Remix albums can be hit or miss. On one hand, they give (often unheralded) producers the chance to get creative and showcase their skills by crafting beats around vocals from more prominent artists than those they would normally produce for. Jay-Z, for example, released acapella versions of both “The Black Album” and “American Gangster,” leading to a flurry of remix albums that combined Hov’s lyrics with samples ranging from Led Zeppelin to Marvin Gaye to music from “The Godfather.” On the flip side, there are times when I can’t help but cringe when a producer tries to remix a classic song and ends up tarnishing the original. Thus, I was initially skeptical of Small Professor’s “Gigantic, Vol. 0”, a prequel release to his upcoming album “Gigantic, Vol. 1,” even after I read of his critically acclaimed Jay-Z remix album “Crooklyn Gangster.” While none of the artists remixed on “Gigantic, Vol. 0” are anywhere near the level of Jay-Z, after checking out some of the original tracks I questioned whether Small Pro would be able to come up with something innovative and fresh.
Before diving into the remixes, though, it’s worth noting that there are a handful of original Small Pro-produced tracks on “Gigantic, Vol. 0.” The first of these is “Welcome to Holodeck,” featuring Curly Castro and Zilla Rocca, which comes after the album’s intro track that samples dialogue from “Fantastic Four: Rise of the Silver Surfer.” The creeping piano keys and dark pulsing strings make for a very sinister beat, similar to music one would expect to hear accompanying a movie scene where someone is being chased or followed, and the chorus, beginning with “Welcome to the Holodeck/ Bring your dreams and nightmares,” reinforces the ominous feel. Curly Castro and Zilla Rocca appear again on the equally menacing “The Broken Language Homage Makers,” alongside Has-Lo, spitting rhymes such as “The sling blade runner, the grape guzzler/ The two shots of henney to numb ya, pull a slug from ya” over the piercing horns.” Perhaps the most polished original track, though, is “Wrecking Crew Meets Legendary Crew,” where Che Grand and Euclid join Curly Castro and Zilla Rocca on the guitar-driven instrumental. Each emcee spits a ferocious verse, but Che Grand takes the cake with his opening lines “All my riddles is full of gems/ CrÃ¨me de la crÃ¨me, another rhythm for me to rule again/Tendencies of a hooligan, with a ghoulish pen.”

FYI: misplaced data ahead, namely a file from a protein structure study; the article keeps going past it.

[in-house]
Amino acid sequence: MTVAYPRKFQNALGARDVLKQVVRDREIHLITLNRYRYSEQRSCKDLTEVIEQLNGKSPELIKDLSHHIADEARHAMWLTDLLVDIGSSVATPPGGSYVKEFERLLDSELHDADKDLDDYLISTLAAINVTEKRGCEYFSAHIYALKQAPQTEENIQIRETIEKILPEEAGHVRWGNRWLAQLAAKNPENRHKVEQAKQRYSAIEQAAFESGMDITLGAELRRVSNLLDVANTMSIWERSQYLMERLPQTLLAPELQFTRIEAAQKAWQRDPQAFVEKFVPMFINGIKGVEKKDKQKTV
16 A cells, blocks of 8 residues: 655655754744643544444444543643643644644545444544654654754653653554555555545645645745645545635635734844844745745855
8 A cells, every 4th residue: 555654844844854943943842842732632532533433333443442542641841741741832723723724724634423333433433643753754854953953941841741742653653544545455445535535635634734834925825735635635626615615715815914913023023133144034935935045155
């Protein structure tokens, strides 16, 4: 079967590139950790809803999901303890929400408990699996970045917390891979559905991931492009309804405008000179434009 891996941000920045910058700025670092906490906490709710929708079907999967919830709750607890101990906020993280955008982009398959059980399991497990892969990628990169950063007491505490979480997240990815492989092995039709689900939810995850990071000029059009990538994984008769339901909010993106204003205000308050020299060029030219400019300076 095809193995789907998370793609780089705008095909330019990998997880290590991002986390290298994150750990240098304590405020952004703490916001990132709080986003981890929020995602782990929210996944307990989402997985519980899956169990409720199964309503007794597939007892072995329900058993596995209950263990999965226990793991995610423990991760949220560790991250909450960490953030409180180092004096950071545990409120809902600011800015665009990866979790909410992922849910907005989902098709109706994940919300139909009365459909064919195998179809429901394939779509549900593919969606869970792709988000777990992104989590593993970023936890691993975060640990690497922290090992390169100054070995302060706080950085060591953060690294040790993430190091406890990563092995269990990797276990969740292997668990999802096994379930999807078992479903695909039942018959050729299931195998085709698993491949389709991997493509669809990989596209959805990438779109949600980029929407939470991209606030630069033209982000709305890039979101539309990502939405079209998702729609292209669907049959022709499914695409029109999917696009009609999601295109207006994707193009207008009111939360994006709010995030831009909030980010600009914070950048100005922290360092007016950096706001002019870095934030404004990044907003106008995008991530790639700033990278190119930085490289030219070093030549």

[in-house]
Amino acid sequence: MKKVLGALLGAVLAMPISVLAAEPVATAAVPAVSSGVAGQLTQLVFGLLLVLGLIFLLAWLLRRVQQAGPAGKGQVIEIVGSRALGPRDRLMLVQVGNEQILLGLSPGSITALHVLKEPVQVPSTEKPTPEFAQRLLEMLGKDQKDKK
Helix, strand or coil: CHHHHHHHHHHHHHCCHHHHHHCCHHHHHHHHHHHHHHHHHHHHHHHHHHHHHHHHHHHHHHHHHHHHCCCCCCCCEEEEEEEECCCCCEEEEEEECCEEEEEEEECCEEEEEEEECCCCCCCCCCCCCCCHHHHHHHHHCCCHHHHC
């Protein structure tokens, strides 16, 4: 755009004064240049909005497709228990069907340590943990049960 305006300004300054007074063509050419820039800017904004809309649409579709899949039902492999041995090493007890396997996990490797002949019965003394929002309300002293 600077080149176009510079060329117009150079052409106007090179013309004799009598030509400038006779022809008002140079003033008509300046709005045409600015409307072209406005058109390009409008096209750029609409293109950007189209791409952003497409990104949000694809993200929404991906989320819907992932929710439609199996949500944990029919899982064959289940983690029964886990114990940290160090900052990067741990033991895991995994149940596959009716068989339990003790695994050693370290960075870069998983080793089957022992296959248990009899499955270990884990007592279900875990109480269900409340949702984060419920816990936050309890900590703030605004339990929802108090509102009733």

Overall, the original tracks are somewhat of a mixed bag, with one or two standouts and one or two songs that are somewhat harsh on the ears, and the real focus of the album is the remixes. Small Pro maintains the hardcore vibe of the original “This Ain’t Love” by Deal the Villain with a heavy drum loop, but the pulsing aggressive piano keys soon grow repetitive and don’t quite mesh with Deal’s delivery. On the remix of the Black Milk-produced “F.A.N.S.” by Phat Kat, though, Small Pro adds more of a soulful flavor with a crooning vocal sample to complement the uplifting grand piano. Next, Small Pro uses one of the most sampled drum loops in history – James Brown’s “Funky Drummer” – to give Kane Mayfield’s “Wreck” a much more upbeat feel, complete with aggressive and pronounced horns to complement Kane’s hardcore delivery. Finally, Small Pro goes toe-to-toe with Black Milk once again with a remix of Elzhi’s “Deep,” and while the beat is admittedly a little too sparse, with just a simple guitar pluck laying the foundation, it allows Elzhi’s rhymes to be the star of the show, as he spits:
“I’m the bell ringer, shell slinger
Hidin’ bodies till the smell linger
Until they pale as Renee Zellweger
When El sting ya
You feeling like the brail finger
Searching for the line, I’m first you stuck in last
Rappers now suckin’ ass
Full of new school niggas I wouldn’t fuckin’ pass”
While there are certainly a handful of quality tracks on “Gigantic, Vol. 0,” overall I couldn’t help but be slightly disappointed with Small Professor’s remix skills. Several of his beats are overly simple, often to the point where they become repetitive and tedious, and simply don’t bring anything new to the table. Small Pro’s remix of “Deep,” for example, seems mediocre at best after hearing Black Milk’s original version, which has a smoother, more authentic feel. Maybe this is an unfair comparison, but I found it difficult to listen to the remix more than a few times before reverting back to the original, and the same can be said of several of the other remixes throughout the album. In fact, the tracks I enjoyed the most were some of the original cuts that Small Pro produced, such as “Wrecking Crew Meets Legendary Crew,” which, outside of “Deep,” features the best rapping on the entire album. It remains to be seen if Small Pro can step his game up on his upcoming album “Gigantic, Vol. 1,” but until then listeners will most likely breeze through “Vol. 0” without much of an afterthought.